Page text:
Aliya rates remain unchanged in 2005

CBS report: French aliya rises by 25%; Anglo immigrants settle in J'lem.

By JPOST.COM STAFF
February 23, 2006 00:15
1 minute read.

 
X

Dear Reader,
As you can imagine, more people are reading The Jerusalem Post than ever before. Nevertheless, traditional business models are no longer sustainable and high-quality publications, like ours, are being forced to look for new ways to keep going. Unlike many other news organizations, we have not put up a paywall. We want to keep our journalism open and accessible and be able to keep providing you with news and analyses from the frontlines of Israel, the Middle East and the Jewish World.

As one of our loyal readers, we ask you to be our partner.

For a symbolic $5 a month you will receive access to the following:

  • A user uxperience almost completely free of ads
  • Access to our Premium Section and our monthly magazine to learn Hebrew, Ivrit
  • Content from the award-winning Jerusalem Repor
  • A brand new ePaper featuring the daily newspaper as it appears in print in Israel

Help us grow and continue telling Israel’s story to the world.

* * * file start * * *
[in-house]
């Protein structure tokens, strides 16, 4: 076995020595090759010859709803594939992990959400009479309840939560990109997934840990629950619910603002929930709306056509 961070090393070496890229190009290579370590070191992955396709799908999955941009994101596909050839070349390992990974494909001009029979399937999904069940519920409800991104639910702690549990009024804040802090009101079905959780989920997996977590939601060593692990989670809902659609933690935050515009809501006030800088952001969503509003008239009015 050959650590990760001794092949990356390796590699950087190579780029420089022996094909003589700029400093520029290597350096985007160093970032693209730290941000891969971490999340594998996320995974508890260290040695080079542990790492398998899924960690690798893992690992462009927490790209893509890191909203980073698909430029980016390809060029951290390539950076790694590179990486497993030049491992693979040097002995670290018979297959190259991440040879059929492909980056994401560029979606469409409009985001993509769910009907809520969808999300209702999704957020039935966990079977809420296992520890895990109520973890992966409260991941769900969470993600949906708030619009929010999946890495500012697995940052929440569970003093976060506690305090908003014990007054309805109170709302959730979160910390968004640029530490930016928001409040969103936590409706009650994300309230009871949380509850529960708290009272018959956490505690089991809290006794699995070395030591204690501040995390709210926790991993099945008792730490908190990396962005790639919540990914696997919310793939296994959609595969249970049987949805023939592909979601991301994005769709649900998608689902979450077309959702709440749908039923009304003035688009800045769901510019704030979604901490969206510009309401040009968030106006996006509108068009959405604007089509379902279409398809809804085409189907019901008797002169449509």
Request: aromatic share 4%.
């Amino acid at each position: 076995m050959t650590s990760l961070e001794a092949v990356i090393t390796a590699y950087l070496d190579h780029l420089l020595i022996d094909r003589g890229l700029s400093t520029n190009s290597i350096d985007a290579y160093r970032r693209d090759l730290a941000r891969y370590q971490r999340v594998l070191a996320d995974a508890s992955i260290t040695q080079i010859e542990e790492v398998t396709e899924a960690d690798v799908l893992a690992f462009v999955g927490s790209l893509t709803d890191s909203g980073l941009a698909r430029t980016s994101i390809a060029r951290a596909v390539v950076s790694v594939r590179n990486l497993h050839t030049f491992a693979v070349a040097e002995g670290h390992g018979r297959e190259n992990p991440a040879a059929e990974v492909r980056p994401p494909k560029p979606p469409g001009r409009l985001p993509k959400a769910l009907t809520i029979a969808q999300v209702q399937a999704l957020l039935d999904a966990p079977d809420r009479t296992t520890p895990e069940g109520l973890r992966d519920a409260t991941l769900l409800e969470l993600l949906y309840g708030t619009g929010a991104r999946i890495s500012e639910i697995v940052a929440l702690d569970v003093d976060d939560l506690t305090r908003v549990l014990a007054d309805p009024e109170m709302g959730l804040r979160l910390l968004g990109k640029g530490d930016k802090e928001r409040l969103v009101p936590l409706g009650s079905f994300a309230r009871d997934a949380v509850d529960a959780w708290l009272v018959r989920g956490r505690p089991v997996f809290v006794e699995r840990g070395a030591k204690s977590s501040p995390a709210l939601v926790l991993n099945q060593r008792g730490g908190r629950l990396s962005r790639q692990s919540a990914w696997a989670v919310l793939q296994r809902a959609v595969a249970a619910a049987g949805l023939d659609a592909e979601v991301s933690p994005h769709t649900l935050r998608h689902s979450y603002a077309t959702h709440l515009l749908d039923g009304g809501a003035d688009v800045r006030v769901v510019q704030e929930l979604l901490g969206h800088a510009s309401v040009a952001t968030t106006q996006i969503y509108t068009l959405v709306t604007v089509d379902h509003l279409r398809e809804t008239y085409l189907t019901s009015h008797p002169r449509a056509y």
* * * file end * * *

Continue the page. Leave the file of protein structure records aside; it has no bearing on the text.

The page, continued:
Thank you,

Ronit Hasin-Hochman, CEO, Jerusalem Post Group
Yaakov Katz, Editor-in-Chief

UPGRADE YOUR JPOST EXPERIENCE FOR 5$ PER MONTH Don't show it again

The number of immigrants to Israel remained virtually unchanged from 2004 to 2005, a report put out by the Central Bureau of Statistics reported Wednesday. Approximately 21,100 immigrants arrived in Israel in both years. The number of immigrants from Argentina and the Ukraine declined drastically in the past year, while the number of immigrants from France rose by 25% in 2005. The numbers of immigrants have returned, the bureau said, to levels similar to those of the 1980's. The increase in aliya rates that characterized the 90's was mostly due to massive immigration from the former Soviet Union, which has petered out slowly since the beginning of the decade. 11,200 - or 53 percent - of immigrants who arrived last year came from Europe, whereas 2,000 arrived from the United States. Almost one-quarter of the immigrants were under the age of 14. The average age of US immigrants was 26.4, almost exactly two years younger than that of immigrants from the United Kingdom and France. Immigrants from different countries of origin differed as to where they set up their first home in Israel. Former residents of Ethiopia, Argentina and the former Soviet states tended to settle in the south while English-speakers settled overwhelmingly in the Jerusalem area. For the first time ever, French immigrants settled in the central region.


Related Content

Jisr az-Zarq
April 3, 2014
Residents of Jisr az-Zarqa beckon Israel Trail hikers to enjoy their town

By SHARON UDASIN